In Depth – 2011 Chrysler 300
Mitch Clauw is the Chief Engineer on the new 2011 Chrysler 300 and he said that very few parts were taken over from the old model which means that the car you see in these pictures is basically new. The outgoing generation was produced between 2005 and 2010 and had a sported bold, in-your-face styling while the new one has a more grown-up appearance. Its bodylines are less angular and crisper. Despite the fact that the wheelbase remained just about the same (120.2 inches in comparison with 120 inches of the old gen), the 300 model is now longer, taller and wider – better.
The old model wasn’t really capable of standing out against the other competitors from the segment and the engineers at Chrysler had to do something to change this situation. What they did is they made the A- and B-pillars a little bit thinner; the beltline was lowered while the windshield was racked back about three inches. All of the modifications were made in order to improve the outward visibility which I must say it was a very good idea.
Putting it side-by-side with the previous model, the front of the car looks to have suffered the most changes. The nose is now more contoured, improving the car’s aerodynamics, which was another area where serious work had to be done. In this attempt, they also made the grille more trapezoidal and LED daytime running lights were attached to the now slimmer headlamps which look very elegant. The new exterior changes are not as obvious as you might have hoped, but move on inside and you’ll think that this is a totally different car and by “different” we mean way better. What I like the most is the new instrument cluster which looks awesome, way better than the highly-appraised 5-Series from BMW. We’ve seen this design on the Chrysler Imperial Concept which debuted back in ’09.
Can’t say the same thing about the steering wheel but it is considerably better than the one on the old gen. A big plus for the cabin is the generous 8.4-inch LED screen located right in the center. It is capable of providing you with all the audio controls, the HVAC system, Bluetooth phone as well as the built-in Garmin navigation system for which you have to pay extra money. The monitor and the gauges are easy to read even in bright sunlight.
The people over at Chrysler did a hell of a job at making the cabin as silent as possible which means that if you are looking for a quiet full-size sedan, the new 300 might be what you need. They also used a lot of lightweight materials like aluminum and high-strength steel in order to maintain the weight of the old model while at the same time making the car bigger due to the new added equipments.
Under the hood you will find a V6 engine that outputs 292 hp and is linked to a 5-speed automatic gearbox. With this engine and RWD, the Chrysler 300 does 18 mpg in the city and 27 mpg on the highway, according to EPA ratings, which is just about the same as the BMW 535i @ 19/28. A transmission with more gears will certainly improve the car’s fuel efficiency and I’m pretty sure that in the next 1-2 years, the 300 will get a 7- or 8-speed (courtesy of ZF) automatic gearbox which will allow the car to do over 20 mpg in the city.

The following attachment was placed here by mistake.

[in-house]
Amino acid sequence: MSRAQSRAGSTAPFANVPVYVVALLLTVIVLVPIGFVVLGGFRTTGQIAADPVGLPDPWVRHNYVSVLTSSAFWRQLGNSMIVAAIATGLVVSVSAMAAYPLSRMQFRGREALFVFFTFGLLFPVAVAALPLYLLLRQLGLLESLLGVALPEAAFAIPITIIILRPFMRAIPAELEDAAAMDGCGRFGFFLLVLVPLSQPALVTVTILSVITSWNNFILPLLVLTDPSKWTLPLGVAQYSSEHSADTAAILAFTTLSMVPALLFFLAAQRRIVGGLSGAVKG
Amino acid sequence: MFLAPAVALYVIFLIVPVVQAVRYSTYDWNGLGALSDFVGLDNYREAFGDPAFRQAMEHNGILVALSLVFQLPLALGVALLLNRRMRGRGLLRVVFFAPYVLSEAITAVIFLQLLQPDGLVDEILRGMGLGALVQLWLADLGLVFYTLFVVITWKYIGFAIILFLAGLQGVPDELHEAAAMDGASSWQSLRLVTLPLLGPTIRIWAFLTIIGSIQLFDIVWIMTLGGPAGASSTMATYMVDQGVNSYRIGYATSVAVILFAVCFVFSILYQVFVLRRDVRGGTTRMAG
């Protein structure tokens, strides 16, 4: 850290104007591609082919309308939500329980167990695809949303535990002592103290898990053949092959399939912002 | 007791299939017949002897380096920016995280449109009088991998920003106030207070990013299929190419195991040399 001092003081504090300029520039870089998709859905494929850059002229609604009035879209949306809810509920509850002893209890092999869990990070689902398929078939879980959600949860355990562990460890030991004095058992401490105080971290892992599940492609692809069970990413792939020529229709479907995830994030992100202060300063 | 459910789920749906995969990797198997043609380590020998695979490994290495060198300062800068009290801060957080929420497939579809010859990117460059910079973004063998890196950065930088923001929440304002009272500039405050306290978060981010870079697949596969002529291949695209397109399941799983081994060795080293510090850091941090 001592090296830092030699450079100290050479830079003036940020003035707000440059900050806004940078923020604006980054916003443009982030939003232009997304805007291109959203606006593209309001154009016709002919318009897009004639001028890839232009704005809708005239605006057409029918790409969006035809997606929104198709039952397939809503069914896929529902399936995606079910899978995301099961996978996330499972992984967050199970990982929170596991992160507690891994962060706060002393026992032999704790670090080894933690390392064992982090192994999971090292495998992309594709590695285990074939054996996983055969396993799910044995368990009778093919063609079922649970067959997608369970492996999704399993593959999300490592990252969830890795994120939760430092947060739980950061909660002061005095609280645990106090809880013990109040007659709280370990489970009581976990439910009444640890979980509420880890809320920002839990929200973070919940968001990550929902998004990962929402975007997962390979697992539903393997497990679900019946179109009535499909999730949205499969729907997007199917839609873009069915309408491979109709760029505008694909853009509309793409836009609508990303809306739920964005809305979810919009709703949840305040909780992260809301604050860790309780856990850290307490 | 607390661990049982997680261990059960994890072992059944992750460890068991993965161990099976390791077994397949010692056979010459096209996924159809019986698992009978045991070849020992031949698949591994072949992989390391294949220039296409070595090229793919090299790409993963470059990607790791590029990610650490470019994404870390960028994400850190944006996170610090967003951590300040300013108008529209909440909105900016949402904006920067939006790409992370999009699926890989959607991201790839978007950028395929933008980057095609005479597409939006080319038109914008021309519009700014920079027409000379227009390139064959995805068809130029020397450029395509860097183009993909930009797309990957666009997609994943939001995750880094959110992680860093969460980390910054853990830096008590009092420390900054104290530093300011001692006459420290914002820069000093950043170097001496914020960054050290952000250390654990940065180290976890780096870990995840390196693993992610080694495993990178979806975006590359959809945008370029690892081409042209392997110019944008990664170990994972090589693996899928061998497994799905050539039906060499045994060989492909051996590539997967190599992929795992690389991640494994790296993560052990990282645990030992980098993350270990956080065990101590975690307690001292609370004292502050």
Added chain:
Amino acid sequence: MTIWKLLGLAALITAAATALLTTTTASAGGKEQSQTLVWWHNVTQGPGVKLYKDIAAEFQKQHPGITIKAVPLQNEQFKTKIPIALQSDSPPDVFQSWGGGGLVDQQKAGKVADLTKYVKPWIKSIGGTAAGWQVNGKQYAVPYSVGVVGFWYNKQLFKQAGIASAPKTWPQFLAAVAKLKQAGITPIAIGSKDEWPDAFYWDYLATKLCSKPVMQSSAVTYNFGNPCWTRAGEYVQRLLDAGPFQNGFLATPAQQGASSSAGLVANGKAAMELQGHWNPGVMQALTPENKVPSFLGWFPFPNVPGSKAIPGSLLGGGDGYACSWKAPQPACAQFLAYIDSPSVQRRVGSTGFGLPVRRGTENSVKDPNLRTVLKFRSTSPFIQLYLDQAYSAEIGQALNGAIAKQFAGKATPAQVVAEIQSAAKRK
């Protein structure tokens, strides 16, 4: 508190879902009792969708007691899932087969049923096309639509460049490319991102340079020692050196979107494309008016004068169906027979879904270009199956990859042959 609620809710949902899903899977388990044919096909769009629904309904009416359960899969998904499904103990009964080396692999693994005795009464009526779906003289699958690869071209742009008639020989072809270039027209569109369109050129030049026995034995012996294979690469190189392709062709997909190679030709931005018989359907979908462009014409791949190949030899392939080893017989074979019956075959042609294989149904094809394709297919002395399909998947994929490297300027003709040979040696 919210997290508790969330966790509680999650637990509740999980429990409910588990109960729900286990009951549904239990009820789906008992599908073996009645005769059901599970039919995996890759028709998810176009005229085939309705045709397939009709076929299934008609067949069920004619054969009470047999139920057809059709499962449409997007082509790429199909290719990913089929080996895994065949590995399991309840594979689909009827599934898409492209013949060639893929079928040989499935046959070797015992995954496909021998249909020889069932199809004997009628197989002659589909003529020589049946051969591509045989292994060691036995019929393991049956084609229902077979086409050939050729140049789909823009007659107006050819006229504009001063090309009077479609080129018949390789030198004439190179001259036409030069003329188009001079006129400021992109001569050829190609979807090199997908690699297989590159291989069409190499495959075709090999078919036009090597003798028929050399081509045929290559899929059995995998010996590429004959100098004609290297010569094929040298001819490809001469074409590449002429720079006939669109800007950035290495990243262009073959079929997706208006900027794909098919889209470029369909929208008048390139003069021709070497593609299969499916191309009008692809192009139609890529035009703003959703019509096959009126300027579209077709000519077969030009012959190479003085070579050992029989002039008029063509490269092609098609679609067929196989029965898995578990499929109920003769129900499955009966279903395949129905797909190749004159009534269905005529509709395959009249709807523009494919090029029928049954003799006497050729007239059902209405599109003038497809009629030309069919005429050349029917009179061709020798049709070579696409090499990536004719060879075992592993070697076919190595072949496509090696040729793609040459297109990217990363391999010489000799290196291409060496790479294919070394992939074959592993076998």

The base price for the 300 with the V6 and RWD is $27,995 while the 300 Limited is a little bit more expensive, standing at $31,995. The starting price for the 300 with a more powerful HEMI V8 is $38,995. This engine is capable of producing 363 hp. In the future, Chrysler will probably roll out a SRT8 300 model which will produce even more horsepower. Over the old gen V6, you’ll get an additional number of 71 ponies which you will definitely feel.
Even more significant is the increased torque – the old one had 260 lb.-ft while the new generation offers 394 lb.-ft, a pretty important upgrade. With the HEMI engine and RWD, the Chrysler 300 will do 16 mpg in the city and 25 mpg on the highway while the AWD model does 15/23. The cars fitted with the V8 HEMI also get the fuel saving cylinder deactivation.
The 2011 Chrysler 300 offers a pretty smooth ride thanks to its fully-independent suspension that does the job very well. Steering is very precise with the help of the EPAS – electrically assisted power steering.
Taking into consideration the rough last few years of the company – surviving Cerberus mismanagement, bankruptcy issues and being taken over by Fiat, we must admit that they did a very good job with the new 300 model and put the manufacturer back on the map, promising a bright future ahead.
I for one didn’t like the old model – I thought that it had an outdated look ever since the first day it was launched. The new model is a major improvement in all compartments over the old gen and now it can really face up the competition in the full-size sedan segment.
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